Issue 7: Beyond Tremors & Terror

Sep 2014

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Recently, a group of scholars described the state of representations of Pakistan and scholarship about the country thus:

Represented as a country beset by daily bomb-blasts, “honor killings,” and “mob” violence, Pakistan regularly populates the pages of the international mainstream press. These popular journalistic accounts often leave the impression that the country is embroiled in a spate of irrationality, violence and Islamic fundamentalism. Alternatively, liberal Pakistanis, if they make an appearance in the drama, are celebrated as carriers of the torch of progress, challenging the dominance of religious conservatism with their unrivalled ‘toleration’, their capitalist ‘development’, and their support for the Pakistani state’s military offensives and the broader ‘War on Terror’. This is the narrative typically delivered to the world.

Unfortunately, this is narrative has not remained within the ambit of journalism. Much of the recent scholarly work on Pakistan, too, has been guilty of reproducing a crude and overly-narrow analysis of the country and its people, an analysis (if one could call it that) which seems to be more committed to promoting US foreign policy objectives than to stimulating any serious academic inquiry. For instance, Anatol Lieven’s Pakistan: A Hard Country (2012), declares that Pakistan is “a highly conservative, archaic, even sometimes quite inert and somnolent mass of different societies”. With such a view being prevalent, it is little wonder then that political scientist Stephen Cohen invites US intervention to awaken this slumbering nation in his book, The Idea of Pakistan (2006). Such Orientalist views imagine the country as overrun by “mad” fundamentalists and militant Islamists and prescribe a variant of imperialism, militarism and/or liberalism as an antidote.

That was the call for a conference that brought together a new generation of young thinkers, along with international scholars and activists, this May. Tanqeed now brings you these voices. These young scholars and activists are pushing new avenues of scholarship and engagement that question the dominant frames of tremors and terrors, far beyond the tepid policy circles through which all things Pakistan are usually considered.

As with any intellectual project, these are thickly layered, meaty articles that reward the reader with rich insights. Read them slow. Read them well.

Omer Aijazi reflects on his experience during the floods and the limitations of humanitarian work. Sonia Qadir reads the Supreme Court’s decision on the Pakistan steel mills case and finds that it reflects neoliberal logics, even if the consequence, this time, was to block the privatization of that asset. Sarah Suhail uses racism as a conceptual framework to discuss women’s bonded labor in Sindh. While these scholars examine the regimes of control, others have analyzed the will to resist — and the problems that can beset protest movements. Ayesha Omer shares her insights based on her ethnographic and interview work with the Hazara sit-ins, and Katja Mielke presents her long study of katchi abadi protests. Nadia Hasan researches another kind of movement: the turn towards forms of piety organizations like Al-Huda, by bourgeois Pakistani women. Two young scholars provide intriguing studies of Pakistani cinema. Rabea Murtaza  contemplates memory and motherhood in Pakistani cinema, and Hira Nabi discusses the aura of the cinema, and why some find it so threatening. And, Aasim Sajjad Akhtar delivers a talk on the politics of hegemony.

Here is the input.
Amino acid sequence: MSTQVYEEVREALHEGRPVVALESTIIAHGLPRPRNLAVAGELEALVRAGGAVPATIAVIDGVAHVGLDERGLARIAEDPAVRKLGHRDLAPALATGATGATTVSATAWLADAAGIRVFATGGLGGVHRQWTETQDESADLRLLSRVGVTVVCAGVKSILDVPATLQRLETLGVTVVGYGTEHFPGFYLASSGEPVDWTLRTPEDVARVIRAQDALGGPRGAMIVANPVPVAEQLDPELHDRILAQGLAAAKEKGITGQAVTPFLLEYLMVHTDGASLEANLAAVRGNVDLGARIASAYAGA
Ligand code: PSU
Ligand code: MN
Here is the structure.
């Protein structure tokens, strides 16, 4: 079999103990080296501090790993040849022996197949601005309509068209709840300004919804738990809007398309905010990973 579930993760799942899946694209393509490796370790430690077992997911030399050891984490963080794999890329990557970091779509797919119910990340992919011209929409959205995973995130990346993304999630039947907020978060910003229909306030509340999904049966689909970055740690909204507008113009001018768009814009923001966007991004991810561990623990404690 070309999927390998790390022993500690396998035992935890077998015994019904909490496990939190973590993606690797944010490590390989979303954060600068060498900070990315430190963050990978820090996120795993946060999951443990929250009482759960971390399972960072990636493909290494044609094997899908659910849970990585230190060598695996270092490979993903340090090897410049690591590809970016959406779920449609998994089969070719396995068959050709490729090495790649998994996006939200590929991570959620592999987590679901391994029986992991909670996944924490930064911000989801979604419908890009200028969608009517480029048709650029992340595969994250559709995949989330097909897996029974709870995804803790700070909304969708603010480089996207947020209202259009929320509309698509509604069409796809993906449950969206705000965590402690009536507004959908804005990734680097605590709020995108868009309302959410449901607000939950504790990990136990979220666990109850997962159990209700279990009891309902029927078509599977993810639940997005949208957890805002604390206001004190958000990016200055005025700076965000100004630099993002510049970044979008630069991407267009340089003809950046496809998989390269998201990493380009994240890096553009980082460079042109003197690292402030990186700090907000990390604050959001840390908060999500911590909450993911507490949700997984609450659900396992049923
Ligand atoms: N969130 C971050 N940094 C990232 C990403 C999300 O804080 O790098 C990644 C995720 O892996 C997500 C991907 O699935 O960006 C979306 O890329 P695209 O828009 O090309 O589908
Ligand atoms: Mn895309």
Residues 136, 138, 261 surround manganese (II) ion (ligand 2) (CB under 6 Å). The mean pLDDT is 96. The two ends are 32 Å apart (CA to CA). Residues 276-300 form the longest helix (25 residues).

We also bring you two investigative long-form articles in keeping with TQ’s mission. Zehra Hashmi investigates the encroachment by the Pakistani Navy on village land and Asad Hashim takes stock of the situation in Bannu, a way station for travelers, migrants and now refugees from the Pakistani Army’s bombardment of North Waziristan.

And, the artist Tazeen Qayyum  discusses art and her latest projects in our multimedia piece for this issue.

Finally, we are pleased to announce our first digital print magazine! We are releasing it as we kick off our 1000 subscriber campaign. TQ remains an all-volunteer effort with countless hours poured into the articles you are about to read and the website you peruse. We don’t have any grants or loans. We just have you, our readership. Help us sustain TQ and subscribe today!

Happy reading!



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9 Responses to Issue 7: Beyond Tremors & Terror

  1. TQ Chāt | # 20 | Tanqeed on Sep 2014 at 10:59 AM

    […] Fall 2014 issue, Beyond Tremors and Terror, is out!! Check out the issue’s artwork by Tazeen […]

  2. TQ Chāt | # 21 | Tanqeed on Sep 2014 at 11:03 AM

    […] the way, have you seen last week’s releases from our Fall 2014 issue? neoliberalism against privatization and how the state sanctions bonded labor and […]

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